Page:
I think the claim that most non-frum Jews in America today are goyim is exaggerated. Most American Jews haven’t been in the country more than four or five generations and it’s not hard to trace back to an ancestor who was Jewish in Europe. If someone’s mother’s mother’s mother etc. was considered Jewish in 1880 when they came to America, we can assume that they are also Jewish, no matter how assimilated. The Jews who were in America pre-Civil War are almost all completely assimilated today and don’t even consider themselves Jewish, even if they have Jewish last names. But someone who considers themself Jewish very likely is, or if their mother converted they would know that.
What does it mean for Yiddish to be “holy”? Only Biblical Hebrew is lashon hakodesh, not any other language (like Modern Hebrew, Yiddish, Ladino, Judeo-Arabic, Yeshivish, etc.). Knowing Yiddish is very valuable because it allows you to connect with past generations of Jews who used this language and with thousands of Jews who still use it. (This is more relevant if you are Ashkenazi; if you are Sefardi, Yiddish is basically a foreign language). But Yiddish is only a tool, not something of value in its own right.
Randomex- Have the gedolim made such statements about the general population as well? Is it even true that the average Yossel nowadays is on a lower spiritual level than his counterpart living 100, 200 or 1000 years ago?
The mishna in Nega’im (2:1) which mdd quoted is: רבי ישמעאל אומר, בני ישראל, אני כפרתן, הרי הן כאשכרוע, לא שחורים ולא לבנים, אלא בינוניים.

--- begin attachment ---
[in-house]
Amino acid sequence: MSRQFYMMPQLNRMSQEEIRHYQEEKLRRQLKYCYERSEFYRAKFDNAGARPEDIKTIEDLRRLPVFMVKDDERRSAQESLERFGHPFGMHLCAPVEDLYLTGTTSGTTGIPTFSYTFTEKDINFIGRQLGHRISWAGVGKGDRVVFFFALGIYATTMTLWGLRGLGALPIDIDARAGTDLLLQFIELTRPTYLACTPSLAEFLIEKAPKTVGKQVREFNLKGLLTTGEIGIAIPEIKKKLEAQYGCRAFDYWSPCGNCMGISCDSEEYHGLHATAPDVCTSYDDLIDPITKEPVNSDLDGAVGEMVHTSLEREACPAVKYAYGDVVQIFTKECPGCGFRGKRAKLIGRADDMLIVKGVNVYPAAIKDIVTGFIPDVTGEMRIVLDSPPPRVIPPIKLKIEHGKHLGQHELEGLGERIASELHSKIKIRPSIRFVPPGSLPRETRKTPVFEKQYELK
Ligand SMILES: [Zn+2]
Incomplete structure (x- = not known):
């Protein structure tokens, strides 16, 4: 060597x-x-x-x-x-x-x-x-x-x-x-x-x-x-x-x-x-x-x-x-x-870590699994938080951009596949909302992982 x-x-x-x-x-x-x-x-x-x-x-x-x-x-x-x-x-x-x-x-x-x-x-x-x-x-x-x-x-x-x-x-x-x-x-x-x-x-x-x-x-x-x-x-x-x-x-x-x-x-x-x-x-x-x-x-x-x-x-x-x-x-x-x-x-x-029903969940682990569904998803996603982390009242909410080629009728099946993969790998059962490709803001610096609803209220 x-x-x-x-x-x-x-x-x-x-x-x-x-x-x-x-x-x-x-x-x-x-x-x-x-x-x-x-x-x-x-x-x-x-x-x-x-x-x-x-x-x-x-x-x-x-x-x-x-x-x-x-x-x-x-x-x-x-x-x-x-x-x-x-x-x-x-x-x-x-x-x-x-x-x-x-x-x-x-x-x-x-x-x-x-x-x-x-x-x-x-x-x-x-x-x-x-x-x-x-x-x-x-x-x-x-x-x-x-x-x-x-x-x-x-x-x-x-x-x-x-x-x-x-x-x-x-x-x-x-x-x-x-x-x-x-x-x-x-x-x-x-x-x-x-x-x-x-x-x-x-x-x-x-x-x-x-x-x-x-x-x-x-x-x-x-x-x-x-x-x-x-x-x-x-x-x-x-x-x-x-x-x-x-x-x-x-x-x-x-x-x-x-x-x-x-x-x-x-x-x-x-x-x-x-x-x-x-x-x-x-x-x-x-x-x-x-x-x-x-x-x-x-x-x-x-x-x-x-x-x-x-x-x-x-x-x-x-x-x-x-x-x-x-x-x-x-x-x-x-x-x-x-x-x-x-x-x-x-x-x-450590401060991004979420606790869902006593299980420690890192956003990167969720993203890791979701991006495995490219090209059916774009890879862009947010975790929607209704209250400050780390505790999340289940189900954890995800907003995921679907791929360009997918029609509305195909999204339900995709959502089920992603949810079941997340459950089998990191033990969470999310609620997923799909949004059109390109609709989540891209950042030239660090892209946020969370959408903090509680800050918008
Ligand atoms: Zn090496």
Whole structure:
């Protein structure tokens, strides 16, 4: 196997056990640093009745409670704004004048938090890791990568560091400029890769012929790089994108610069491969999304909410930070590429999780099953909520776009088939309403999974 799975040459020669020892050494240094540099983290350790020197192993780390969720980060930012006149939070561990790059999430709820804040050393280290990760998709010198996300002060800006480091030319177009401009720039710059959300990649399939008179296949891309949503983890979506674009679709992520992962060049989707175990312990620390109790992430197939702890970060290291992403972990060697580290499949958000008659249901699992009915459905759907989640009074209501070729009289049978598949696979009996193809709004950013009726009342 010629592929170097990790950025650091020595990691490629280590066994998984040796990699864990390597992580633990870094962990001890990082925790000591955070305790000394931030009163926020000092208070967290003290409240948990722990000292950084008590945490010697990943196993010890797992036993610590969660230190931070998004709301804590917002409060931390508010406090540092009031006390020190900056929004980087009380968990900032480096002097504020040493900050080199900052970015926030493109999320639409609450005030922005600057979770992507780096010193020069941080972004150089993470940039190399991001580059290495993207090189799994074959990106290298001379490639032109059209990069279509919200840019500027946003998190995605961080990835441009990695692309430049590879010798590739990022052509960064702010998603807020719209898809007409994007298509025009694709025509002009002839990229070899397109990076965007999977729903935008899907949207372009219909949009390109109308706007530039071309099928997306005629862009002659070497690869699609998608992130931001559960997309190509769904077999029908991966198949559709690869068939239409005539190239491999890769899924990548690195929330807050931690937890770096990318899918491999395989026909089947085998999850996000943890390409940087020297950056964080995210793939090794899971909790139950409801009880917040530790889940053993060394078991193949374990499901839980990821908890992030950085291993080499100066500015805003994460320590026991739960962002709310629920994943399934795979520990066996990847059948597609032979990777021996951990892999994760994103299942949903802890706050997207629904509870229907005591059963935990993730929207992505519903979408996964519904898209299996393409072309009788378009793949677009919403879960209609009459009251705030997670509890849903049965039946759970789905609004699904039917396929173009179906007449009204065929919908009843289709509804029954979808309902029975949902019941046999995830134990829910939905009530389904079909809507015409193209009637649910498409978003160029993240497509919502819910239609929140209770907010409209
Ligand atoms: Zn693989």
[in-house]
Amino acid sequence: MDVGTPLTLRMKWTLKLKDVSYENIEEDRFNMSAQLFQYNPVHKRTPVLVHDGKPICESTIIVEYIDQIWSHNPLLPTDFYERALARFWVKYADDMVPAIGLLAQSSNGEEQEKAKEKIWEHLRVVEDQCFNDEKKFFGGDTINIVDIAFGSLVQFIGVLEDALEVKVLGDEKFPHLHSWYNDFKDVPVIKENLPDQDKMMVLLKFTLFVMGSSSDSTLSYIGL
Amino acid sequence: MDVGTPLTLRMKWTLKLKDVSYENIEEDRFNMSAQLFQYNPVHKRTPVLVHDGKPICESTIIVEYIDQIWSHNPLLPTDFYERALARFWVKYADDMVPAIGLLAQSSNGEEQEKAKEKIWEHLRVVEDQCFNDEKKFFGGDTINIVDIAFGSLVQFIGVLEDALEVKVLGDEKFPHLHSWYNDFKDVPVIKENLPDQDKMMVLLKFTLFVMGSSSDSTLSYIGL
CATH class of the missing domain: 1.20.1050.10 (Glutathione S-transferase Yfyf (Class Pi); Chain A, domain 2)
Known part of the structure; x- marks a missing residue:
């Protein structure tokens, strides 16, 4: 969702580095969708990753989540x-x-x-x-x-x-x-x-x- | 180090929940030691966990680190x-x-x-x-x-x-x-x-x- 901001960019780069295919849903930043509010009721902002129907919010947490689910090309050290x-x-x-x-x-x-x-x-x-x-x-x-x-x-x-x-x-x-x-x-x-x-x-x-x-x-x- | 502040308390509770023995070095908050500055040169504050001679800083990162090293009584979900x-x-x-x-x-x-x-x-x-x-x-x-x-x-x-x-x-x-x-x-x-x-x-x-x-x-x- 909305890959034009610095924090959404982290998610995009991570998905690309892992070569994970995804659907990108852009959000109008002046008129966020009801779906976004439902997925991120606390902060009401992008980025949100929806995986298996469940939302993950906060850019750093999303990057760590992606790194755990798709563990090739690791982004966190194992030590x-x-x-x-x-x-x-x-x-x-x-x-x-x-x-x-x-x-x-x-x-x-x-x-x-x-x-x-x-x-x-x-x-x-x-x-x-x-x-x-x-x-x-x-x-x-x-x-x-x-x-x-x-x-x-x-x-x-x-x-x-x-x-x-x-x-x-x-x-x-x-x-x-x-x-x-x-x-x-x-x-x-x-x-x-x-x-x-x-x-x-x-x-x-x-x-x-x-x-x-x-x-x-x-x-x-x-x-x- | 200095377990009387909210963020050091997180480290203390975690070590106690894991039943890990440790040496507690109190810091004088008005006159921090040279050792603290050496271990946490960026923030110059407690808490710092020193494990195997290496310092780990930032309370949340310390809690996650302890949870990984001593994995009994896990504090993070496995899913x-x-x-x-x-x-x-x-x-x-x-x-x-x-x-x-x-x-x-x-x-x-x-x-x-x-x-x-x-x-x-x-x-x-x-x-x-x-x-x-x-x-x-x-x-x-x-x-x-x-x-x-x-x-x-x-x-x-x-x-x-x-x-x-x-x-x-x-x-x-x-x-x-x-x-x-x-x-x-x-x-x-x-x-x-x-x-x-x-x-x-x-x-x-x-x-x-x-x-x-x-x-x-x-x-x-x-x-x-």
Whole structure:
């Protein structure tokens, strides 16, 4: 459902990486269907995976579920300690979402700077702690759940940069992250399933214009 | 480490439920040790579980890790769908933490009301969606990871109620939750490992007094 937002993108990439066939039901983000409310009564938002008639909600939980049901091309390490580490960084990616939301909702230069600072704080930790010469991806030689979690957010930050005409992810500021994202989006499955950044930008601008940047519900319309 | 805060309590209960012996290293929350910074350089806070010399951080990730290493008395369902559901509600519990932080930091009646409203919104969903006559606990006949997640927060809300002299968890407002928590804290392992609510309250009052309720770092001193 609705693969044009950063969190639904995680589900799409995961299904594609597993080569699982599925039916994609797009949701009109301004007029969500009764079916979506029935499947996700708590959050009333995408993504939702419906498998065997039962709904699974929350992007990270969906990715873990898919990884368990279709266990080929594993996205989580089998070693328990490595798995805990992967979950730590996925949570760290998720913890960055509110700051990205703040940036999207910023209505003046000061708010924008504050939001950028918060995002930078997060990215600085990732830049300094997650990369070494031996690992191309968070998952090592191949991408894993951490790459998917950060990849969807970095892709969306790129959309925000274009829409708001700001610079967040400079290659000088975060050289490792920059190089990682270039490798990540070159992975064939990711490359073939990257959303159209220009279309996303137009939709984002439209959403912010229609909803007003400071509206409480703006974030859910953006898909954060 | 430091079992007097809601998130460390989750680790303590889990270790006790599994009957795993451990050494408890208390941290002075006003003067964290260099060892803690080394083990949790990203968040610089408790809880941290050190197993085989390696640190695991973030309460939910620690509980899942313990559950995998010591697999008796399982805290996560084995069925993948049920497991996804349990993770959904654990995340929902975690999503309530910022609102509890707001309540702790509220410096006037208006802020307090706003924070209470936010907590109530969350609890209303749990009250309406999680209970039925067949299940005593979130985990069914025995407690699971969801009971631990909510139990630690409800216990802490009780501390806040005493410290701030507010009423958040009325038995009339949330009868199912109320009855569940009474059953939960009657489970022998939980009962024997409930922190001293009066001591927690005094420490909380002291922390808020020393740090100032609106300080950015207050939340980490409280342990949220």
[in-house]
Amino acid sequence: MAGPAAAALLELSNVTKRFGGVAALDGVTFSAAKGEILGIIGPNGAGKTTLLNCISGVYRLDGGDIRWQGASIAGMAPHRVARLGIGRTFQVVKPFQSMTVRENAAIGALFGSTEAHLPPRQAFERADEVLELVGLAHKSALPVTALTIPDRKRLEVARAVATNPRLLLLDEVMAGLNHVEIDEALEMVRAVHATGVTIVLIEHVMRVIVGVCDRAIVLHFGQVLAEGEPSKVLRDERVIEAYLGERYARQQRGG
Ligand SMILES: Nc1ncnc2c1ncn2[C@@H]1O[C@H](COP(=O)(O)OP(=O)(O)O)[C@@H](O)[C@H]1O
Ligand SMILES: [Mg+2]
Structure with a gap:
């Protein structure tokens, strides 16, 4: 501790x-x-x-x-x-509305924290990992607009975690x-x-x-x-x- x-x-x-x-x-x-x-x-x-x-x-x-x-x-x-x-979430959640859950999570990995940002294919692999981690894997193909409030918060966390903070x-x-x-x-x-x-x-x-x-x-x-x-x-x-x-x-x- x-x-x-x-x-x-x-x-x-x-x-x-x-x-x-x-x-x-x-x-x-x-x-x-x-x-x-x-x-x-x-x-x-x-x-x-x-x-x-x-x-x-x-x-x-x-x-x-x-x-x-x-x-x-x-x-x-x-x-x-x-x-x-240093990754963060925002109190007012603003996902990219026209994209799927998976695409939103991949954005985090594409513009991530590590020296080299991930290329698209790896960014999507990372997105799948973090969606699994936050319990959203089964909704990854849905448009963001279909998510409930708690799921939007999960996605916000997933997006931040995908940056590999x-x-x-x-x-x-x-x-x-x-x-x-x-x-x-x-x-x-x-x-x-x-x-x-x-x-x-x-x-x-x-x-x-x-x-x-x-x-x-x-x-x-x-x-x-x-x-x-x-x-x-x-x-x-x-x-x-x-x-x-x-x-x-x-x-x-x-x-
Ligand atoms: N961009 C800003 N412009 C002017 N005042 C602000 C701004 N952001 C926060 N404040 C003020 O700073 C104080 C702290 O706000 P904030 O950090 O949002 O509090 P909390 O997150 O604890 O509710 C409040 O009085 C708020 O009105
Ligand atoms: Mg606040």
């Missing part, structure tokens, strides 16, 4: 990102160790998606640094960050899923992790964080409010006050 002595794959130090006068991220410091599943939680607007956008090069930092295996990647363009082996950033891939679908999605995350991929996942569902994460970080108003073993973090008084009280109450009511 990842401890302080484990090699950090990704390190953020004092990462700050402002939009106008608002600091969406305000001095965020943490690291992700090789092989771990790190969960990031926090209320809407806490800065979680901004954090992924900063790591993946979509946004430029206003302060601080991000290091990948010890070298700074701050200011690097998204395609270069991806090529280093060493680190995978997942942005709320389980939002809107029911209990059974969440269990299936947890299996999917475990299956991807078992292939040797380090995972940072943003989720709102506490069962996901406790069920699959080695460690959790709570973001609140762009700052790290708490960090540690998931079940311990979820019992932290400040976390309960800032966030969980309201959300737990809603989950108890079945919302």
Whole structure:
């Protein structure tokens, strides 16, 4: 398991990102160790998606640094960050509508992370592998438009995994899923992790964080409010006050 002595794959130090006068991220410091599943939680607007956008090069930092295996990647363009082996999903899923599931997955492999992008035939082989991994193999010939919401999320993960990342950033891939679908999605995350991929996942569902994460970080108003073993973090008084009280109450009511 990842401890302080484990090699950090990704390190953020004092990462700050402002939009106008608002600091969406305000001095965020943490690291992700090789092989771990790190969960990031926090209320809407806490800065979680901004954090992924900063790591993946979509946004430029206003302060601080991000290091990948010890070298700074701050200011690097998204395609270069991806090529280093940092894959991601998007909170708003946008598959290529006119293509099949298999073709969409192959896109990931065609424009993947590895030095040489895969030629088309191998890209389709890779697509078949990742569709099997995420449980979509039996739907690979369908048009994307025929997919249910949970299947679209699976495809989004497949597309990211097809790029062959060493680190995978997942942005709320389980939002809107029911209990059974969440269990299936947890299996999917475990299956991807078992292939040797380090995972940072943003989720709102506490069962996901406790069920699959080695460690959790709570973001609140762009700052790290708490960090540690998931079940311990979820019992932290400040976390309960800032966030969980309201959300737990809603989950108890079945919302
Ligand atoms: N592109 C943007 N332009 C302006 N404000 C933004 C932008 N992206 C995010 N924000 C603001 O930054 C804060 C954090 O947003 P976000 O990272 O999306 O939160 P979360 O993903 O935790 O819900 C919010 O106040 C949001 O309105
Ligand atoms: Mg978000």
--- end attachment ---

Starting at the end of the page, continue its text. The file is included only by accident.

I don’t know what color אשכרוע wood is, but it would seem that most Ashkenazim are lighter than that and many Yemenites, for example, are darker. We see also that the mishna in Nedarim (3:8) says: הנודר משחורי הראש אסור בקירחים ובבעלי שיבות ומותר בנשים ובקטנים שאין נקראין שחורי הראש אלא אנשים.
The Rav explains:
שאין נקראים שחורי הראש אלא אנשים – לפי שהאנשים פעמים מכסים ראשם ופעמים מגלים ומשחרות ראשם ניכר שהם אנשים, אבל נשים לעולם הולכות וראשם מכוסה. והקטנים בין זכרים בין נקבות הולכין בגילוי הראש ואינם ניכרים בין זכר לנקבה, ומשום הכי לא אקרו שחורי הראש אלא האנשים הגדולים:
Clearly the vast majority of Jews in the time of Chazal had black hair. Probably influxes of geirim and changes of climates have changed the appearance of many modern Jews. DNA tests of many different Jewish populations have suggested that we all share Middle Eastern ancestry.October 24, 2017 6:28 pm at 6:28 pm in reply to: Are all these protests in Jerusalem really a kiddush hashem? #1389299
Thanks for the compliments. I’ll try to stick to the ancient Indian proverb from now on.October 24, 2017 5:17 pm at 5:17 pm in reply to: Are all these protests in Jerusalem really a kiddush hashem? #1389257
I apologize for the attack. I posted before your complimentary post cleared.